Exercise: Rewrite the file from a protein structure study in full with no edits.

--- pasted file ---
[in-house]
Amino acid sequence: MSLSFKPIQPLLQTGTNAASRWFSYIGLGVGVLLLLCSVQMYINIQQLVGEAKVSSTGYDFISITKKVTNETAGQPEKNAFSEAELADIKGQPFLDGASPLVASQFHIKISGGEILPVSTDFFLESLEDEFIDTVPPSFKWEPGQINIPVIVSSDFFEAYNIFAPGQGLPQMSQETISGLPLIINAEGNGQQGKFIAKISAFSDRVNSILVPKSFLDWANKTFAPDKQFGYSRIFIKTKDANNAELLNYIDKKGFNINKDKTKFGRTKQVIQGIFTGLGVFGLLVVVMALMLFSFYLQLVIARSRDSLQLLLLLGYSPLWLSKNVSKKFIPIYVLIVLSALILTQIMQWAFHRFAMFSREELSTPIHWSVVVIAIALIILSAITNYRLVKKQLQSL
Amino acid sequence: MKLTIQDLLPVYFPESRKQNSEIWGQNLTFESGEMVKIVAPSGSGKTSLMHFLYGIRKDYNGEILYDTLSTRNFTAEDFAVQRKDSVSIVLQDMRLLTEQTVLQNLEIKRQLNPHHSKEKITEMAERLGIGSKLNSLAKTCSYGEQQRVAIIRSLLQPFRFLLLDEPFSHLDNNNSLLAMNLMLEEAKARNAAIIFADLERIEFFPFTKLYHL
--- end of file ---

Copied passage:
[in-house]
Amino acid sequence: MSLSFKPIQPLLQTGTNAASRWFSYIGLGVGVLLLLCSVQMYINIQQLVGEAKVSSTGYDFISITKKVTNETAGQPEKNAFSEAELADIKGQPFLDGASPLVASQFHIKISGGEILPVSTDFFLESLEDEFIDTVPPSFKWEPGQINIPVIVSSDFFEAYNIFAPGQGLPQMSQETISGLPLIINAEGNGQQGKFIAKISAFSDRVNSILVPKSFLDWANKTFAPDKQFGYSRIFIKTKDANNAELLNYIDKKGFNINKDKTKFGRTKQVIQGIFTGLGVFGLLVVVMALMLFSFYLQLVIARSRDSLQLLLLLGYSPLWLSKNVSKKFIPIYVLIVLSALILTQIMQWAFHRFAMFSREELSTPIHWSVVVIAIALIILSAITNYRLVKKQLQSL
Amino acid sequence: MKLTIQDLLPVYFPESRKQNSEIWGQNLTFESGEMVKIVAPSGSGKTSLMHFLYGIRKDYNGEILYDTLSTRNFTAEDFAVQRKDSVSIVLQDMRLLTEQTVLQNLEIKRQLNPHHSKEKITEMAERLGIGSKLNSLAKTCSYGEQQRVAIIRSLLQPFRFLLLDEPFSHLDNNNSLLAMNLMLEEAKARNAAIIFADLERIEFFPFTKLYHL